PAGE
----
The Wright Brothers is one of the latest publications from Campfire Graphics, publishers of illustrated editions of classic literature, original fiction, mythology and biographies for young adults. Campfire, according to its mission statement, aims “to entertain and educate young minds by creating unique illustrated books to recount stories of human values, to arouse curiosity in the world around us, and to inspire by tales of great deeds of unforgettable people.” Other books in the series include: Harry Houdini, The Three Musketeers,The Dusk Society, and Personal Recollections of Joan of Arc.
The lives of the Wright Brothers and their pioneering attempts to construct a flying machine is clearly the kind of inspirational story that is more than likely to capture the youthful imagination. Lewis Helfand’s account emphasizes the brothers’ faith in their abilities, their rejection of conventional behavior, and their perseverance. It suggests that genius needs to develop according to its own rules, an idea that some parents may want to treat gingerly.
Helfand’s account begins in medias res with one of the Brother’s early failed attempts at flight, and then goes back in time to their childhood. He focuses on their precocious intelligence and independence. Formal schooling is less than stimulating. They, especially the younger Orville, are as apt to run off to their own pursuits, as they are to spend time in the classroom. Diplomas are less important than knowledge and skills.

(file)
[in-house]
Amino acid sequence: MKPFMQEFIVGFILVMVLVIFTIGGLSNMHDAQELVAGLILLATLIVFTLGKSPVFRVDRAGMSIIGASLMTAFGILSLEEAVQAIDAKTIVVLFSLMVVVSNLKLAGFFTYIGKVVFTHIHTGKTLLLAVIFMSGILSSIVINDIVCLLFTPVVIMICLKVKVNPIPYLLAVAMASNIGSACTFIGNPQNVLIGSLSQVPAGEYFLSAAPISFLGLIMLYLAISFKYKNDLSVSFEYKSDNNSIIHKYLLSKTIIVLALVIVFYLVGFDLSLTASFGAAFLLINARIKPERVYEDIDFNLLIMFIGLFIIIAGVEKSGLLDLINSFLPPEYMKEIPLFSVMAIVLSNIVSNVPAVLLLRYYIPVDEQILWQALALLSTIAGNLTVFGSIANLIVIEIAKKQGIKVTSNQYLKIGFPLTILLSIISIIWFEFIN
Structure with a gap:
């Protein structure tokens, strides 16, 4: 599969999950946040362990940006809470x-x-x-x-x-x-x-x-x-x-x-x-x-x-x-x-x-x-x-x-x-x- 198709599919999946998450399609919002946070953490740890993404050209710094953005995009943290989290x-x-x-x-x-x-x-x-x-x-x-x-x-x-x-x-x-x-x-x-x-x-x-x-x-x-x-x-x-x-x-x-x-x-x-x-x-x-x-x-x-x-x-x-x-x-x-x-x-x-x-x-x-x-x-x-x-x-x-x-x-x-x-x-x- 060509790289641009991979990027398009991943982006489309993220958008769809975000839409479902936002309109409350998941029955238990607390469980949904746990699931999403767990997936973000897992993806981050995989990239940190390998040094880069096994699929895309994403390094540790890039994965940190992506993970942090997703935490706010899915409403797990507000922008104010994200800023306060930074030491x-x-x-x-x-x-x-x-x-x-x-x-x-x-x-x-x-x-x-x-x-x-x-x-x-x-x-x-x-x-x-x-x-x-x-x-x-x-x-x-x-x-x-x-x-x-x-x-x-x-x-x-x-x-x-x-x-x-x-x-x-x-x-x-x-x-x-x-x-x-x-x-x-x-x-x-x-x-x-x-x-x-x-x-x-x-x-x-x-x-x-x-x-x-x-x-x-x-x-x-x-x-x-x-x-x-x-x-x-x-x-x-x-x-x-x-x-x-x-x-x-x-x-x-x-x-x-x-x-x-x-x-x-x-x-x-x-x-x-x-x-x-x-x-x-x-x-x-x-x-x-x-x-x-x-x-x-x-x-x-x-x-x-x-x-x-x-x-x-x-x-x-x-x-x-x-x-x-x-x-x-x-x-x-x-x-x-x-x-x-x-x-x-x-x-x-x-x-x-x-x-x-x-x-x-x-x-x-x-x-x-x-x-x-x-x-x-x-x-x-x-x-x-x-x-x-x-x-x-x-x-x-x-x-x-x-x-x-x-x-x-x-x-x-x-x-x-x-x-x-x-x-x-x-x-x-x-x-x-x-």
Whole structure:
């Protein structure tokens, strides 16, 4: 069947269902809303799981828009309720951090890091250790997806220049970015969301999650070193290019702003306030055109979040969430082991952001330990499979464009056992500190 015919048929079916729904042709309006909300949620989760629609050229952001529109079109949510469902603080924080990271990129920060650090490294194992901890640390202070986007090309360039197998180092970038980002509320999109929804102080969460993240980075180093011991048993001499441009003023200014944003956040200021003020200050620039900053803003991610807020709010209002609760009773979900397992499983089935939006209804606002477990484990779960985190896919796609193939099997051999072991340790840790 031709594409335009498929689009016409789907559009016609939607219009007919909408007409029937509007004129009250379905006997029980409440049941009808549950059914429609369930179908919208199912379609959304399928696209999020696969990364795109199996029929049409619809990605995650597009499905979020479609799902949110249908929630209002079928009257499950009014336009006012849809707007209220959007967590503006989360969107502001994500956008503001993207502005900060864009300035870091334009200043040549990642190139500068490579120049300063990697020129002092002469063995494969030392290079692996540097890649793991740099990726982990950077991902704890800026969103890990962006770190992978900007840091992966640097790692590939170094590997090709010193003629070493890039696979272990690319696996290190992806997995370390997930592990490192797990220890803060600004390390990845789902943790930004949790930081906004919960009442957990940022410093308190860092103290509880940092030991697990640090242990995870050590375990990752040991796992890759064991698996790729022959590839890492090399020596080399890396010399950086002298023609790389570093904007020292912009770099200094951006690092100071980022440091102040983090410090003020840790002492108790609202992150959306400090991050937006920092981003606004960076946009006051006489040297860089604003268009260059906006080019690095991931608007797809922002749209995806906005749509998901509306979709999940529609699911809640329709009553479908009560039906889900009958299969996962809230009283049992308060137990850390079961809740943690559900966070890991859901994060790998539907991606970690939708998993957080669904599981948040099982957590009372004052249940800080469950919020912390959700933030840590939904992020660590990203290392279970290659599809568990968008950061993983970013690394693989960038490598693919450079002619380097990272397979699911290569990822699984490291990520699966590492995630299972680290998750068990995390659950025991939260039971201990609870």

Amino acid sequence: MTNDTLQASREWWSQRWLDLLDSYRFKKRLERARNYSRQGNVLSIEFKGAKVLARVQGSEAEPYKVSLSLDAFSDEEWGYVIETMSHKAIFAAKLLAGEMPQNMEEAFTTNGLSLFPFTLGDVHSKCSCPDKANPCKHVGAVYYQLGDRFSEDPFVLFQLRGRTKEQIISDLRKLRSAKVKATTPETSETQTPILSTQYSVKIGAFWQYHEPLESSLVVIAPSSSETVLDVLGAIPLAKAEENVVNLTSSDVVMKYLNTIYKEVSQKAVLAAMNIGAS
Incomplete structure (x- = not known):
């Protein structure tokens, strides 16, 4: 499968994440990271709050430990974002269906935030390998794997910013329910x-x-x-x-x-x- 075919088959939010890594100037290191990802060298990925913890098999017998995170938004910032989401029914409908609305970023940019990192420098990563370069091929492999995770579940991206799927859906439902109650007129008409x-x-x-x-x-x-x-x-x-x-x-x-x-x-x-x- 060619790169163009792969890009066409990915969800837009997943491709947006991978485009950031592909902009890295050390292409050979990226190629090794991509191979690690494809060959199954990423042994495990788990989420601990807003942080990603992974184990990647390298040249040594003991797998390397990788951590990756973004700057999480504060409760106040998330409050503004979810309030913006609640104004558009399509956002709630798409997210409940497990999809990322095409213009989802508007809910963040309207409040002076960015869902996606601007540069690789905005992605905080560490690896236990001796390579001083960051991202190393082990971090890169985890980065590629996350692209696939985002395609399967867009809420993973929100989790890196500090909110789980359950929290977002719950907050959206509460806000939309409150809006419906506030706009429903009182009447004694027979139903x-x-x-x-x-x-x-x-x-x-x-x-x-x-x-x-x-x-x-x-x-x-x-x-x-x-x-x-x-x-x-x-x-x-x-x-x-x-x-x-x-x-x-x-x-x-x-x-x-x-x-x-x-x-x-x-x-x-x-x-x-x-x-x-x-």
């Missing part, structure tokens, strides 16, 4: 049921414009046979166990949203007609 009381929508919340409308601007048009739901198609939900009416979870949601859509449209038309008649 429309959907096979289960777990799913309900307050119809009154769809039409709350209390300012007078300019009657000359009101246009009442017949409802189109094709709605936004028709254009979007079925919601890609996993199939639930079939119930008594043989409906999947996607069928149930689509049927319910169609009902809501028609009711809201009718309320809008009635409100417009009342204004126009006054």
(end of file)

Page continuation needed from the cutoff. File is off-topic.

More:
As they grow older, they are motivated by practical considerations: they are pictured as typical American innovative entrepreneurs. They develop an interest in printing into a successful printing business. They start a company to repair and eventually build bicycles. And then they are bitten by the flight bug, the race to be the first to invent a flying machine.
Helfand takes some time to describe some of the earlier failed efforts other than those of the Wrights, but his story is mainly devoted to their efforts. He follows their career through their success at Kitty Hawk and then through the rest of their lives. It is a story which is not only interesting, but is well suited as an object lesson for the precocious child.
Sankha Banerjee’s illustrations, although not as gritty as the norm in other Campfire editions, are not idealized or prettified. There is a realism to much of the portraiture. Colors tend to be subdued, although they too are brighter than the Campfire norm, especially in the scenes depicting the attempts and successes with flight.
Following the usual Campfire format, the book opens with a page introducing some of the major characters. After the story, there is a page containing further information related to the subject. In this case there are facts about the history of flight from Leonardo da Vinci and Otto Liliethal. There is a reference to Marco Polo and Chinese kites and also a note on the 2001 North Carolina quarter which honors the Wright Brothers. A crossword puzzle based on information in the narrative rounds out the book.Powered by Sidelines